After a while, they move up towards the hide, into plain view, their coats strangely highlighted, eyes eerie bulbs of light. Darkness is liberty for them, but what comes in darkness to challenge their dominance is the worst thing they face. Another pack, ambushing. Humans. Juggernauts on the highways. Tonight they are playful. Ra trots alongside and then passes Merle, falls back, passes her again. He rises on his hind legs, circles his head, like a boxer. He tugs at her ruff. The day’s languid canine is gone. He is a night hunter, like the legend. . . Ra rolls on his back, rubbing the top of his head backward and forward on the ground, his legs kicking, dopey, submissive. Merle stands over him. Rachel smiles. It is at night that they seem most sacred to her: ghost-like, elegant, and frivolous.
Later, when the wolves are free to roam more widely, she takes a friend’s daughter out to see if they can get a glimpse of them. They spot them”picking their way past boulders and trees”:
They move mostly in plain view, disappearing for a time behind rods of stone, Merle smoking through the brown bracken. Ra’s pale coat glows in the winter gloom like halogen. They disappear into a grove of trees beside the river.
It is “less than a minute’s payoff for half a day’s investment” but the girl is thrilled: “she is the first child in England to see wild wolves at large.” The excitement is contagious: I found myself completely absorbed by the drama of these animals, so fierce and beautiful and yet, by some, feared and unwelcome and thus vulnerable.
The wolves’ story is entwined with the story of Rachel’s pregnancy, the birth of her child, and the evolution of her relationships with her brother, from whom she has long been alienated. Without setting up overt or heavy-handed parallels, Hall creates a sense of common rhythms to the two stories: Merle and Ra grow in confidence, expanding their domain and skills and, eventually, their own family, as Rachel in her turn is easing the tight control she has always kept over herself, allowing other people into her space and finding there is room in it for feelings she had always thought were antithetical to her independence. As the wolves grow wilder, she becomes more domestic–but that is too pat a way to put either unfolding story. Rachel’s experience in particular shows there are risks and challenges at home too: different needs and desires to be held in what is sometimes a precarious balance. Then alongside this personal drama there’s also a political dimension, one that didn’t really come into focus for me until fairly late in the novel, though it’s clear from early on that Hall is interested in the artifice of human barriers (fences, walls, borders) and the tension they create with nature, which does not understand or respect them. One thing Rachel and her team cannot do is let the wolves run truly wild, for example, but as long as they are enclosed, no matter how generous the space allotted, they must be managed, their natural proclivities shaped to fit man-made limitations. What would it mean for them (or us) to override these boundaries?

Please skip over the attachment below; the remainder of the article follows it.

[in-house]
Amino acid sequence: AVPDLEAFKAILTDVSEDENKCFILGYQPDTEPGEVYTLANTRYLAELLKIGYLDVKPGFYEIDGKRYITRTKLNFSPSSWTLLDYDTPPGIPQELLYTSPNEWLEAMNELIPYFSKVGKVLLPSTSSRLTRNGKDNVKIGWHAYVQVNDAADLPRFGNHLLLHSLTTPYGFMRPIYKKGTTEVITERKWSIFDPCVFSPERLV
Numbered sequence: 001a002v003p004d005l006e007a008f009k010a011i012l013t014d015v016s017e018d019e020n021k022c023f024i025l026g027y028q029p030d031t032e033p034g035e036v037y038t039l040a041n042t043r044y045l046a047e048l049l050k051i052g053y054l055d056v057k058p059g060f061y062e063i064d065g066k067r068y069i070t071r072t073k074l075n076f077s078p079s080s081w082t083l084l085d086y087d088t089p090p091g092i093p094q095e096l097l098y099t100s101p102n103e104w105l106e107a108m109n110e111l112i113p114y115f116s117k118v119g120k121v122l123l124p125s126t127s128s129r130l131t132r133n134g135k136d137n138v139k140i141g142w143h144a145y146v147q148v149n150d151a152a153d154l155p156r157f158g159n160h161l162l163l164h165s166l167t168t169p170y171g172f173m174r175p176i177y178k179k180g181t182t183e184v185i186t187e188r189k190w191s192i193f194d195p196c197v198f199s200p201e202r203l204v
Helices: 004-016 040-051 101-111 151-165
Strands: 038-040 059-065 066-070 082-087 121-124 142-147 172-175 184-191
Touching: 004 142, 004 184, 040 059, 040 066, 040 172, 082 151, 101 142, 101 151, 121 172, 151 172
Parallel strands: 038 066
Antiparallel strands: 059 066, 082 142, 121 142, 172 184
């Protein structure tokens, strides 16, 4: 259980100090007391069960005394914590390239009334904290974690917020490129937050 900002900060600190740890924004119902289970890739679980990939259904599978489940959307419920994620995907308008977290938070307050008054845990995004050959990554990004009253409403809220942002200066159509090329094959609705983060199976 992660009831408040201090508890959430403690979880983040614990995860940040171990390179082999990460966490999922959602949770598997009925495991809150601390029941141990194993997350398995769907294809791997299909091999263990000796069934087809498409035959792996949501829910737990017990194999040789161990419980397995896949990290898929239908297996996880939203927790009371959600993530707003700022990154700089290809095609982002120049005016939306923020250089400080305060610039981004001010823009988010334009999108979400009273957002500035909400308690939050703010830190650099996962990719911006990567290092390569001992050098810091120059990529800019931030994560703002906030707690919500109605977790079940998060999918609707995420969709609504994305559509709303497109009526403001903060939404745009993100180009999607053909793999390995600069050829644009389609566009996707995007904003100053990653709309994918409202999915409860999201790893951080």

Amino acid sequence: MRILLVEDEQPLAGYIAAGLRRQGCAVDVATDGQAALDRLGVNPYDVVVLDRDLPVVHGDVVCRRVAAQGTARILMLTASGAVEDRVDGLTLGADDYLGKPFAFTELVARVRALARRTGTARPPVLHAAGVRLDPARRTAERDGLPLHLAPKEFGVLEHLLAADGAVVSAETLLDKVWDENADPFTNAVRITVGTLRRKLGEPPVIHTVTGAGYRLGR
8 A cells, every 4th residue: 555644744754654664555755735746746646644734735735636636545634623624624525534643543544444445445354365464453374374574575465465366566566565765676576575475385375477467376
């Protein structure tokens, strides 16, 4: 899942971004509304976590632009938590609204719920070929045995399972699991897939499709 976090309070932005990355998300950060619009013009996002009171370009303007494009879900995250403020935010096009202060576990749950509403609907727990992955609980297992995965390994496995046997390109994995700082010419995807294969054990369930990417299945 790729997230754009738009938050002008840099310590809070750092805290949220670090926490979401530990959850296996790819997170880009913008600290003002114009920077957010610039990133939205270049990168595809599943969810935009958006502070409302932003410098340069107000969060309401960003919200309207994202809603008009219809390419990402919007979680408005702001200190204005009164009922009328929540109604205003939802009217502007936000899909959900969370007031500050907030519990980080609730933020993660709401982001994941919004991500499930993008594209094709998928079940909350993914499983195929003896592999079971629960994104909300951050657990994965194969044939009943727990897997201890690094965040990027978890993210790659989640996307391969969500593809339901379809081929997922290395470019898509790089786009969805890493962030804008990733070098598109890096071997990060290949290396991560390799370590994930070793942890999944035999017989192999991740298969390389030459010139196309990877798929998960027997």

To return to my Sarah Moss comparison, I found The Wolf Border not just well-written and engrossing but consistently interesting in the same way that I did The Tidal Zone or Ghost Wall. It’s a novel that is clearly motivated by ideas but it isn’t overwhelmed by them. I have stepped lightly across its specific events, partly because it isn’t really a plot-driven novel, but its plot does have an elegant arc to it that does more than provide an excuse to write marvelously about wolves. I chose The Wolf Border because it looked a bit more conventional than Hall’s other novels, but I trust her enough now that if I only could, I would duck back into Waterstones and pick up the rest of them.